Materials for Energy, Efficiency and Sustainability: TechConnect Briefs 2016Materials for Energy, Efficiency and Sustainability TechConnect Briefs 2016

Materials for Sustainability and Efficiency Chapter 10

Immobilization of TiO2 nanopowders in multilayer fluorinated coatings for highly efficient clear and turbid wastewater remediation

M.V. Diamanti, L.G. Bettini, P. Milani, M. Sansotera, F. Persico, W. Navarrini, M.P. Pedeferri
Politecnico di Milano, Italy

pp. 290 - 293

Keywords: advanced oxidation processes, nanopowders, immobilization, fluoropolymeric coating, TiO2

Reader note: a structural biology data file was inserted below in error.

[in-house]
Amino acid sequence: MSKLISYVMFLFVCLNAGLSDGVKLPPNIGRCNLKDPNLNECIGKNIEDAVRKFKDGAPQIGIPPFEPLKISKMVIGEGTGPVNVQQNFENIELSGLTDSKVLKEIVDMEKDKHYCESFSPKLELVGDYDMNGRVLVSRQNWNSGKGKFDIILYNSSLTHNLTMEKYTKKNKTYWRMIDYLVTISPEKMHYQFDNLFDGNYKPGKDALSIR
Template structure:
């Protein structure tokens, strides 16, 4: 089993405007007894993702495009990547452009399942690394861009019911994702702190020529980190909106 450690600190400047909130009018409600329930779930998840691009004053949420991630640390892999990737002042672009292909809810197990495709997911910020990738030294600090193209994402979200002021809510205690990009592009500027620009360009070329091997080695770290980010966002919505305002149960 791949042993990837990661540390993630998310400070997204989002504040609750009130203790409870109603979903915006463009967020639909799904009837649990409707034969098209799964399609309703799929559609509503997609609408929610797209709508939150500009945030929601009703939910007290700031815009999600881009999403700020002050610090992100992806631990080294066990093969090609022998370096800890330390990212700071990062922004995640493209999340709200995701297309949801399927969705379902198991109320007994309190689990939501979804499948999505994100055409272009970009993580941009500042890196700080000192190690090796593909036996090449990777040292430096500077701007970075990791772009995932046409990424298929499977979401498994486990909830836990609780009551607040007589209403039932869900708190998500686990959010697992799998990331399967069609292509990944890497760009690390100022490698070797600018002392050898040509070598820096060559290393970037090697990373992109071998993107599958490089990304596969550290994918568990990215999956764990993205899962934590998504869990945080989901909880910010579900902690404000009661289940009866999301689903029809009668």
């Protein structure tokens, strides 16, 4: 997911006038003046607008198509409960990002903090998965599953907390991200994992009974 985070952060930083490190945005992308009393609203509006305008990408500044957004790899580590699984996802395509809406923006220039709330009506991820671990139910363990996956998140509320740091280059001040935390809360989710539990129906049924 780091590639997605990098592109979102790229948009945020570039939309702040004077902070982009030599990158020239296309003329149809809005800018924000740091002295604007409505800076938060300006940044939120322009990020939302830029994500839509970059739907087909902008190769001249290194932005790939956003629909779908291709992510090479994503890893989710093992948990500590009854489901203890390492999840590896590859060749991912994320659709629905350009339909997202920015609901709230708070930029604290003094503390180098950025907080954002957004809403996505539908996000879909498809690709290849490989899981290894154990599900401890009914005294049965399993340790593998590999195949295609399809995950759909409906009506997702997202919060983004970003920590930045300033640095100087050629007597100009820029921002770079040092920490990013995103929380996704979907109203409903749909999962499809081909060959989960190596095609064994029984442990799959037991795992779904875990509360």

The use of nanosized photocatalytic TiO2 in suspension or slurry type reactors is well reported. However, the industrial feasibility of such systems is limited, on account of the low quantum efficiency reported for slurry processes and of the need for a post-treatment catalyst recovery stage, which may present poor efficiency, with the double drawback of dispersing nanoparticles in the environment and losing precious photocatalyst. In this work, the photodegradative activity of titanium dioxide immobilized into a multilayered transparent fluoropolymeric matrix has been studied. Several TiO2 nanostructured powders featuring different primary particle size, crystalline phase and specific surface area have been produced by the flame spray pyrolysis (FSP) of organic solutions containing titanium (IV) isopropoxide. The activity of such powders has been tested and compared to that of TiO2 P25 by Evonik Degussa, which is the reference nanopowder commonly employed in the evaluation of the photocatalytic activity of non-commercial TiO2. A multilayer ionomeric-perfluorinated matrix has been used to immobilize the powders, having high chemical resistance and transparency towards UV light, good permeability to oxygen and good wettability to favor interactions with the polluted aqueous solutions. Results show that the TiO2 P25 containing coating has higher photocatalytic activity in degrading organic dyes than dispersed TiO2 P25, particularly at low pollutant concentration. Further tests, conducted in presence of a solid suspension, prove the photoactive coating to be effective even in turbid solutions. In addition, TiO2 is not deactivated by slime interposition between the UV source and the pollutant. Tests have been then repeated on coatings containing TiO2 nanopowders produced by FSP: apparent pseudo-first order kinetic constants show an increase in photocatalytic efficiency from 40% to 100% depending on powders particle size. In conclusion, the research presented proves the possibility to achieve highly efficient water purification by immobilizing TiO2 nanopowders in a suitable polymeric coating, avoiding any costly separation of the catalyst from the purified water; moreover, the nanostructured TiO2 powders produced by FSP demonstrate a large improvement in photocatalytic activity compared with reference P25.